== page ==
M1 Mac upgrades — here’s how you can add more RAM or swap out an SSD

Black Friday laptop
(Image credit: Future)

If you’ve bought one of the Macs equipped with Apple’s own M1 chips, you’re likely satisfied with the performance of your machine, even if you can’t help but wonder about its upgradeability. As it turns out, Macs powered by the Apple M1 chip may be more upgradeable than you think.

That’s the word out of China where technicians report that they were able to upgrade both the memory and storage on an M1-powered MacBook Air. The report, picked up by MacRumors, claims to have upgraded a MacBook Air with 8GB of RAM and 256GB of storage to a machine that boasts 16GB of memory with 1TB of capacity. 

Engineer Yang Changshun from Guangzhou, China took to Chinese social media (with images and explanation via chongdiantou.com) detailing his process. Across several images, he removed the SSD and RAM from the M1 Mac and added upgraded storage. It's a process that carries a lot of risk, the least of which is that it voids Apple warranty. Nevertheless, based on the report, tit appears that upgrading the M1 Mac is doable, if a bit complex.

To that end, this is not something that should be repeated unless by experienced hands. It's also not immediately apparent whether the new storage or upgrades would work successfully through the immediate future, given Apple's penchant for recognizing unofficial hardware in devices like its phones and bricking those phones.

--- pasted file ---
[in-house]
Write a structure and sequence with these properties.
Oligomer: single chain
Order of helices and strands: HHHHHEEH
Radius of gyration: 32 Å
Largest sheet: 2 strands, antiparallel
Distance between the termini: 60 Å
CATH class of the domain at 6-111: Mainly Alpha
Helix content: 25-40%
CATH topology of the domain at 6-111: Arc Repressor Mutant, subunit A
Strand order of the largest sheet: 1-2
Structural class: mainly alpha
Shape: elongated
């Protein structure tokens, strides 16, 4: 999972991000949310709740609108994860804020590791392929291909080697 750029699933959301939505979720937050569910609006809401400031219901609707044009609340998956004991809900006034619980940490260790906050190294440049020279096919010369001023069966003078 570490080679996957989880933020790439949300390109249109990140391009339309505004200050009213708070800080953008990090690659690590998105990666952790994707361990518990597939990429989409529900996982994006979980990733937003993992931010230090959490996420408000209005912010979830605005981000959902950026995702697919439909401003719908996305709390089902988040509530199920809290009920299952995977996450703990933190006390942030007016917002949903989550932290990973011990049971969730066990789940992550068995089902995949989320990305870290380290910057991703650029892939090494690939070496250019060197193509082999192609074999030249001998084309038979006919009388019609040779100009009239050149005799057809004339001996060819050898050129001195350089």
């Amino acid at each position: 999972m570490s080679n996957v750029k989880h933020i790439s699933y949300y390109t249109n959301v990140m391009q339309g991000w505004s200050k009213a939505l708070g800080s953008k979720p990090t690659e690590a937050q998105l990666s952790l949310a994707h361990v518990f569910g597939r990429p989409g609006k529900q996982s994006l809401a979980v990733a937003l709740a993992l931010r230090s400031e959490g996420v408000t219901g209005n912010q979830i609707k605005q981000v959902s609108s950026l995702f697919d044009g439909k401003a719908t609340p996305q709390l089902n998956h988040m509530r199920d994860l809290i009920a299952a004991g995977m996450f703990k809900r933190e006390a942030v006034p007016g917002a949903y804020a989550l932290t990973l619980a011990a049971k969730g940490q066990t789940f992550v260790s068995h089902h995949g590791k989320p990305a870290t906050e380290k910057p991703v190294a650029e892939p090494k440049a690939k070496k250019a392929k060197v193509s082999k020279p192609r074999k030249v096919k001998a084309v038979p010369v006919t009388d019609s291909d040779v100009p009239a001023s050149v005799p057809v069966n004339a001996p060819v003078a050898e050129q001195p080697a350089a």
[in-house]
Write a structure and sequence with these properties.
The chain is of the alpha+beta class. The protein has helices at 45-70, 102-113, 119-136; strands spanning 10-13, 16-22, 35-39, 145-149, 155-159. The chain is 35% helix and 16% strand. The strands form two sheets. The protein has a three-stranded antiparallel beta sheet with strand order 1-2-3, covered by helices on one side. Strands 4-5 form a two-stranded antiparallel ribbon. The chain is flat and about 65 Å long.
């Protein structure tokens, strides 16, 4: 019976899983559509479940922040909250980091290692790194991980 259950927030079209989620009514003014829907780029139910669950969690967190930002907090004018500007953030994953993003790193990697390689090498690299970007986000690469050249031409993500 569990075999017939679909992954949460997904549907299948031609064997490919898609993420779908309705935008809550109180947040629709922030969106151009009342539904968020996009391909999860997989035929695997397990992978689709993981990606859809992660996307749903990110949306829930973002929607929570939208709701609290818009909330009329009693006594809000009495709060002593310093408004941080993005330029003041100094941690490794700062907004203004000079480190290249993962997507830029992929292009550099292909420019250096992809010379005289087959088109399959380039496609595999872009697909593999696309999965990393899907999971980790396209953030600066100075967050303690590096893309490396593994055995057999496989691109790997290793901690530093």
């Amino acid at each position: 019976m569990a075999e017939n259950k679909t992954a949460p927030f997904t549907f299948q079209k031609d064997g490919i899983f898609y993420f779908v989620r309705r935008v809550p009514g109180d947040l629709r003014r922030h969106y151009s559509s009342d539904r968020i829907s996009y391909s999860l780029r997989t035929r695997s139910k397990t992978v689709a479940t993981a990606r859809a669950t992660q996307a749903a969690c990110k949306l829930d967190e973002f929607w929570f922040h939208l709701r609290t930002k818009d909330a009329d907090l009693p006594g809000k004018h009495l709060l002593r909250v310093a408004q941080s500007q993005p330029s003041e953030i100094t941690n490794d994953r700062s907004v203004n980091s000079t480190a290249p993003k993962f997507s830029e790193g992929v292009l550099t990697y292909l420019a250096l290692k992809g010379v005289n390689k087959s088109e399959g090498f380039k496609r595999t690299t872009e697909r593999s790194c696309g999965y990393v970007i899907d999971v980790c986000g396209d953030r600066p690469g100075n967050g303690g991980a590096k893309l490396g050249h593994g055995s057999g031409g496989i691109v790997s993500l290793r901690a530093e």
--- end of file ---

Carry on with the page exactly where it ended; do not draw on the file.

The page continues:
Macbook air m1 upgrade

(Image credit: hongdiantou.com)

With that in mind, it likely goes without saying that this is an impressive accomplishment that may not be repeatable for most users. At the same time, Apple, along with HP and Honeywell, are currently lobbying against a bill in Nevada that would require hardware manufacturers to offer parts, schematics, and instructions to third-party repair shops. There are several bills across the US at the moment that would force Apple's hand to make its machines upgradeable, eliminating the requirement for Apple device users to go to authorized dealers and instead utilize smaller (cheaper) independent repair locations.

Brittany Vincent

Brittany Vincent has been covering video games and tech for over 13 years for publications including Tom's Guide, MTV, Rolling Stone, CNN, Popular Science, Playboy, IGN, GamesRadar, Polygon, Kotaku, Maxim, and more. She's also appeared as a panelist at video game conventions like PAX East and PAX West and has coordinated social media for companies like CNET. When she's not writing or gaming, she's looking for the next great visual novel in the vein of Saya no Uta. You can follow her on Twitter @MolotovCupcake.